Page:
A protected right? Free speech and social media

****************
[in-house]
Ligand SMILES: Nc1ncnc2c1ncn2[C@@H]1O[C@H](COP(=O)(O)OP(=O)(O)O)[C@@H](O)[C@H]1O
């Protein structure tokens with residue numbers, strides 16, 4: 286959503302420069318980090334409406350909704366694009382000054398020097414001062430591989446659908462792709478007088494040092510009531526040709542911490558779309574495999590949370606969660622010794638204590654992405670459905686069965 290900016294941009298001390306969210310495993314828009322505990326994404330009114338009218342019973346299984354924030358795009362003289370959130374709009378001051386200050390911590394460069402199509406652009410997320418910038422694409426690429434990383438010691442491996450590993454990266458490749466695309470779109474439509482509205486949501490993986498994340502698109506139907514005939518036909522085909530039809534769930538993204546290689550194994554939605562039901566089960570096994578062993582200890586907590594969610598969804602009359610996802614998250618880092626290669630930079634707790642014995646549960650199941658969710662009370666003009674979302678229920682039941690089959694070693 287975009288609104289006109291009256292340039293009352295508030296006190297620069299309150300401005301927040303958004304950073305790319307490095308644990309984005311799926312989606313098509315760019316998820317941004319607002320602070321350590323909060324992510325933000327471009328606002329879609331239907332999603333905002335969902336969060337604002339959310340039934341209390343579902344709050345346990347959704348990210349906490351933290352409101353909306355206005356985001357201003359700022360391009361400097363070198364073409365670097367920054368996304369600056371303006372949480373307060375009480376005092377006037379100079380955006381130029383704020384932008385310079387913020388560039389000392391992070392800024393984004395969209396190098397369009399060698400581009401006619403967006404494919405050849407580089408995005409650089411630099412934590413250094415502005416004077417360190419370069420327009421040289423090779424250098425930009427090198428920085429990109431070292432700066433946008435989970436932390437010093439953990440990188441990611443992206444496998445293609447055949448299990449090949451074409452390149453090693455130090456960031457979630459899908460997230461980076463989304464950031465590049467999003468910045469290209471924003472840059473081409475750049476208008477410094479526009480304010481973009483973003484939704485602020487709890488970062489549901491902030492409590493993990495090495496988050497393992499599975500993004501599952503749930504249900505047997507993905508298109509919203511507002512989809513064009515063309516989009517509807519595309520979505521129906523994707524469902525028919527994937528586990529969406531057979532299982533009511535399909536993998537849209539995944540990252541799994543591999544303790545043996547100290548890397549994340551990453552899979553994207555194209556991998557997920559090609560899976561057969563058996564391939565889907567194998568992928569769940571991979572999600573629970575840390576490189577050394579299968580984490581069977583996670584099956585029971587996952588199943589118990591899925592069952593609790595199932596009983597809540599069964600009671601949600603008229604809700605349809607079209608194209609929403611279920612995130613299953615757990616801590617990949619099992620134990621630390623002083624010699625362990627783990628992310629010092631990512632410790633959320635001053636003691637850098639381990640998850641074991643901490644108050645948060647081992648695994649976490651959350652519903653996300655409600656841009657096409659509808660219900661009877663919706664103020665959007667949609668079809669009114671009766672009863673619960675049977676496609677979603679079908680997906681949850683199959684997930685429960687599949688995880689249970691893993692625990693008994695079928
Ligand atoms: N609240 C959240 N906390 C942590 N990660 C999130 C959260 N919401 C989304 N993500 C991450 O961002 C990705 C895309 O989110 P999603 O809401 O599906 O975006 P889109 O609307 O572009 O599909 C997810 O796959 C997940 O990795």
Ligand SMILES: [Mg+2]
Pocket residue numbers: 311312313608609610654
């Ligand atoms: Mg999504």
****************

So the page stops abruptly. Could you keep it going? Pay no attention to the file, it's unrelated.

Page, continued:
President Trump was banned from Facebook and permanently banned from Twitter. For certain inciting language. We also watched his Amazon suspended the right wing social media platform parlor from its sight lawsuit ensued. It's pending. People are crying. First amendment has been violated. What are your rights are their First Amendment rights when it comes to Social Media and consortium media banned people for reasons that it feels are appropriate. Joining us to talk about this is very interesting is she was Eric Goldman. Who is a professor of LOT Santa Clara University School of Law in the Silicon Valley, his co director of the high tech Law Institute, and he is gonna explain it all to us. Hi, Professor Goldman. Thank you for joining me. My pleasure. Thanks for having me. I'm gonna start by asking you Is there a first Amendment right that a person has to use Twitter. The short answer is no. The First Amendment only applies to state actors entities of the government. Since Twitter is a private actor, private publisher. It's not covered by obligations that the government is So in and I just I wanna explain it this way. If I am saying things that are harmful or offensive, and I say to Twitter what you have to publish them, it doesn't create a First Amendment problem for Twitter. Meaning Twitter can't be forced to publish things that it doesn't believe are appropriate. Is that a fair way to look at? Yeah, that's 100% correct. In fact, if you look at the First Amendment guarantees the right to freedom of speech and freedom of the press, And so when Twitter is choosing to publish their party content, it's acting is a function of the press. So the First Amendment applies under that freedom of the press obligation Now, people there's something about it that Is driving everyone crazy because in this country, we believe we can say anything at any time. And who is it? Who are our Amazon? And who is Facebook? And who is Twitter to tell us what we should be hearing and not hearing. Explain to our listeners. Is this fair and I guess there's two questions. Is it fair? And what are the legalities of that? And what are the What are the ramifications of that? Yeah, it's the same question that we have with your own radio station that everyone's listen to. Right now. That's radio stations are obligated to provide air time to any listener who wants to call in. He just him screaming in terms of who calls in and then if someone's out of control, saying things that are inappropriate, you're going to cut the mic off and none of that. Whatever assume is a violation, their First Amendment rights, they would say. That we expect this radio station Tonto cater to its audience. So the entire premise of um WGN making sure that the broadcast continents fit for its listeners. It's identical to the thought process that we applied to places like Twitter or Amazon that they're going to publish what they think it's fit for their audience. I'm going to give out our phone numbers. I'm better. Some people have some questions for our professor here. 3129817 200 Let me play doubles advocate here and you look at the statistics on where people get news and this is so different than it used to be. When I was a kid. We was all the newspapers and and news on television, And now much of it is done on social media Getting news from The Internet and and things that are published online. How fair is it to have certain people be in charge of deciding what's harmful, inoffensive and what's not, and a lot of people are saying, you know, I hear all this horrible racist stuff that we, you know, on Twitter, but yet we are president can't be on Twitter. And what did he say? And what How is it that that was worse than what somebody else said? How is this fair? And how should we deal with this from a legal perspective going forward? Well, I think that people have very different views about what's fair. So I find that when we start shifting the evaluation metric there, um I think that we're probably not going to end up agreeing that a zoo community But just you went back to talking about how things were when you were kids. I don't know how far apart we are in aged, But when I was a kid in the mid 19 seventies, there was one local newspaper, and there were three television stations that could reach a community, right? WGN was one of them on and in those days, um even in when there was such Linda channels to reach a community there was a Supreme Court case called Miami Herald versus Tonio with the Supreme Court said You can't force that newspaper the only one that's catering to that local market to publish content that they don't want to publish that violates our freedom of the press. And so, it's said. That's true, even though that paper might have a local monopoly, even though there's only that one. We still don't think that that's permissible under the First Amendment. We're making incursion on their free speech rights. So you see why the conversation about fairness is so difficult because I want the right deal. Say whatever I want whenever I want. You said that earlier, um but but the reality is that we have to look at all the different competing interests when we think about Uh, who gets the right to say What toe Which audiences? Okay, so again, I'm just gonna go over this, because is there any obligation on the part of Twitter? Let's say to be fair, meaning if I said the same thing you said, and they cut me off and they didn't cut you off. Do I have a right to sue? Do I have a right to somehow have a legal argument that I'm not being treated fairly and I deserve to be treated fairly. It's a really great question, and I think it really gets at the heart of the challenges or bedeviling services like Facebook or Twitter. They really aspire to treat like cases equally. That if the Jackson birds, we say, said, by people in the same circumstance that they would apply the same rules to those that's an overwhelming challenge. It's actually not possible with the volume and scale that services like that engage in. It's simply not possible them toe always treat like cases equally, despite their best efforts, despite their intent. Um, but the reality is that because they're deciding what's safe for their audience, even if they make an arbitrary decision, one of which a content that was okay on day one from person A first would be a day two is cut off. That's their prerogative, and that's actually quite legally protected and their several layers legal protection. Provide Twitter Facebook, the ability to make those classifications sessions decisions, even though they're not going to get him all